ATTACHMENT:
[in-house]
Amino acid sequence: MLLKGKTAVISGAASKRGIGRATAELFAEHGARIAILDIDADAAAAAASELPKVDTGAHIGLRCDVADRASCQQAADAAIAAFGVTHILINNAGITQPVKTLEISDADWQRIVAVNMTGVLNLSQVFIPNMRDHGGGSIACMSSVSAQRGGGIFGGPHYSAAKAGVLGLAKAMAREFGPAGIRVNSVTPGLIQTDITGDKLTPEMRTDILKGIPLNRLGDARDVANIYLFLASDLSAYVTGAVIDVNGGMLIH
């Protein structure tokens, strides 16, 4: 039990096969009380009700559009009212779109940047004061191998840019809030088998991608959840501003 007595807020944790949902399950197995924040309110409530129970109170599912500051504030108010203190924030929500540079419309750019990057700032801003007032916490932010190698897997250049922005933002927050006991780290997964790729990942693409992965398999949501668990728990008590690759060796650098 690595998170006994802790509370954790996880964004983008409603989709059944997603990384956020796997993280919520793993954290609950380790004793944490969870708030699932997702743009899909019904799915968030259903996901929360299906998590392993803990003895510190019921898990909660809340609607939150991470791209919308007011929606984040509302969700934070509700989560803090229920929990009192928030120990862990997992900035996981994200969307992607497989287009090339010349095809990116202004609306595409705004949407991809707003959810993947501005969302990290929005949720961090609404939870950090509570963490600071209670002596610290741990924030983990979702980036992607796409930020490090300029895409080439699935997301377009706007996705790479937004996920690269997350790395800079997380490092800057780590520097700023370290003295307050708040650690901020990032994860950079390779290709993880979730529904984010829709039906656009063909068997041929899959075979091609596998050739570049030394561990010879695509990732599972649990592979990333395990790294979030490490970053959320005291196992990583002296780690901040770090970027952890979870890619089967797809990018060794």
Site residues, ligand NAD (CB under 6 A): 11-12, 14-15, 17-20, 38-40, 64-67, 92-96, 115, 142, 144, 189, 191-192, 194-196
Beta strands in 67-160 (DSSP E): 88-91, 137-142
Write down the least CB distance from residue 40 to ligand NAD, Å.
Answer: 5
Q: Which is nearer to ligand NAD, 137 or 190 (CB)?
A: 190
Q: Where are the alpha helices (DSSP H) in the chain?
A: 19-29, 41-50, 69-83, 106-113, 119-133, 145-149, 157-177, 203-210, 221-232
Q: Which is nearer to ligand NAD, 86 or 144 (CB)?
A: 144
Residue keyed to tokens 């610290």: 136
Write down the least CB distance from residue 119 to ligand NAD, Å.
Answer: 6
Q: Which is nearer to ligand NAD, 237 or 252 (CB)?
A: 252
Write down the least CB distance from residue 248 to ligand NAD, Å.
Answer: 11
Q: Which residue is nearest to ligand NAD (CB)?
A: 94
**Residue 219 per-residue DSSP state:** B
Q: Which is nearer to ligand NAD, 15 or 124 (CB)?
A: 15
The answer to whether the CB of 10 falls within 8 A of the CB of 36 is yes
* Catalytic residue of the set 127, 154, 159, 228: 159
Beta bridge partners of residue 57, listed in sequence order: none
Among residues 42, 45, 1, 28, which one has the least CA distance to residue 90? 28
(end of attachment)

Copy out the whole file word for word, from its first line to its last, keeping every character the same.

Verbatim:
[in-house]
Amino acid sequence: MLLKGKTAVISGAASKRGIGRATAELFAEHGARIAILDIDADAAAAAASELPKVDTGAHIGLRCDVADRASCQQAADAAIAAFGVTHILINNAGITQPVKTLEISDADWQRIVAVNMTGVLNLSQVFIPNMRDHGGGSIACMSSVSAQRGGGIFGGPHYSAAKAGVLGLAKAMAREFGPAGIRVNSVTPGLIQTDITGDKLTPEMRTDILKGIPLNRLGDARDVANIYLFLASDLSAYVTGAVIDVNGGMLIH
């Protein structure tokens, strides 16, 4: 039990096969009380009700559009009212779109940047004061191998840019809030088998991608959840501003 007595807020944790949902399950197995924040309110409530129970109170599912500051504030108010203190924030929500540079419309750019990057700032801003007032916490932010190698897997250049922005933002927050006991780290997964790729990942693409992965398999949501668990728990008590690759060796650098 690595998170006994802790509370954790996880964004983008409603989709059944997603990384956020796997993280919520793993954290609950380790004793944490969870708030699932997702743009899909019904799915968030259903996901929360299906998590392993803990003895510190019921898990909660809340609607939150991470791209919308007011929606984040509302969700934070509700989560803090229920929990009192928030120990862990997992900035996981994200969307992607497989287009090339010349095809990116202004609306595409705004949407991809707003959810993947501005969302990290929005949720961090609404939870950090509570963490600071209670002596610290741990924030983990979702980036992607796409930020490090300029895409080439699935997301377009706007996705790479937004996920690269997350790395800079997380490092800057780590520097700023370290003295307050708040650690901020990032994860950079390779290709993880979730529904984010829709039906656009063909068997041929899959075979091609596998050739570049030394561990010879695509990732599972649990592979990333395990790294979030490490970053959320005291196992990583002296780690901040770090970027952890979870890619089967797809990018060794």
Site residues, ligand NAD (CB under 6 A): 11-12, 14-15, 17-20, 38-40, 64-67, 92-96, 115, 142, 144, 189, 191-192, 194-196
Beta strands in 67-160 (DSSP E): 88-91, 137-142
Write down the least CB distance from residue 40 to ligand NAD, Å.
Answer: 5
Q: Which is nearer to ligand NAD, 137 or 190 (CB)?
A: 190
Q: Where are the alpha helices (DSSP H) in the chain?
A: 19-29, 41-50, 69-83, 106-113, 119-133, 145-149, 157-177, 203-210, 221-232
Q: Which is nearer to ligand NAD, 86 or 144 (CB)?
A: 144
Residue keyed to tokens 């610290």: 136
Write down the least CB distance from residue 119 to ligand NAD, Å.
Answer: 6
Q: Which is nearer to ligand NAD, 237 or 252 (CB)?
A: 252
Write down the least CB distance from residue 248 to ligand NAD, Å.
Answer: 11
Q: Which residue is nearest to ligand NAD (CB)?
A: 94
**Residue 219 per-residue DSSP state:** B
Q: Which is nearer to ligand NAD, 15 or 124 (CB)?
A: 15
The answer to whether the CB of 10 falls within 8 A of the CB of 36 is yes
* Catalytic residue of the set 127, 154, 159, 228: 159
Beta bridge partners of residue 57, listed in sequence order: none
Among residues 42, 45, 1, 28, which one has the least CA distance to residue 90? 28